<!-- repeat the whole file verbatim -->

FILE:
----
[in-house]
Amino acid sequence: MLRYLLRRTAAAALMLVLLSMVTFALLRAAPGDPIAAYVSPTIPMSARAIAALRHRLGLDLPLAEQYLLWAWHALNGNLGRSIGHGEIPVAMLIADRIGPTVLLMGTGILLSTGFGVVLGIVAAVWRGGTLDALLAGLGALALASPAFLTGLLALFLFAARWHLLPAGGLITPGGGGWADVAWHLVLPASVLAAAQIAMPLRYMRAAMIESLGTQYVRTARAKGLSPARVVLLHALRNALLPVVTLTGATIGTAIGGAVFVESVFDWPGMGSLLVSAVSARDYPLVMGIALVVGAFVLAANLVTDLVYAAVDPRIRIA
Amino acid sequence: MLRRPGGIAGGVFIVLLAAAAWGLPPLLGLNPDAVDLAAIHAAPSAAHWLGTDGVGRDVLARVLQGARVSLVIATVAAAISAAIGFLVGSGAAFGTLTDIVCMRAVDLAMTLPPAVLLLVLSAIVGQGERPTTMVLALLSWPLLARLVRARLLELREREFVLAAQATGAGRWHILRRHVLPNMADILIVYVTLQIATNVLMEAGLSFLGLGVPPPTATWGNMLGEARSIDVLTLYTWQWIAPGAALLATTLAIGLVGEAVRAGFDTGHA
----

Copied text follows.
[in-house]
Amino acid sequence: MLRYLLRRTAAAALMLVLLSMVTFALLRAAPGDPIAAYVSPTIPMSARAIAALRHRLGLDLPLAEQYLLWAWHALNGNLGRSIGHGEIPVAMLIADRIGPTVLLMGTGILLSTGFGVVLGIVAAVWRGGTLDALLAGLGALALASPAFLTGLLALFLFAARWHLLPAGGLITPGGGGWADVAWHLVLPASVLAAAQIAMPLRYMRAAMIESLGTQYVRTARAKGLSPARVVLLHALRNALLPVVTLTGATIGTAIGGAVFVESVFDWPGMGSLLVSAVSARDYPLVMGIALVVGAFVLAANLVTDLVYAAVDPRIRIA
Amino acid sequence: MLRRPGGIAGGVFIVLLAAAAWGLPPLLGLNPDAVDLAAIHAAPSAAHWLGTDGVGRDVLARVLQGARVSLVIATVAAAISAAIGFLVGSGAAFGTLTDIVCMRAVDLAMTLPPAVLLLVLSAIVGQGERPTTMVLALLSWPLLARLVRARLLELREREFVLAAQATGAGRWHILRRHVLPNMADILIVYVTLQIATNVLMEAGLSFLGLGVPPPTATWGNMLGEARSIDVLTLYTWQWIAPGAALLATTLAIGLVGEAVRAGFDTGHA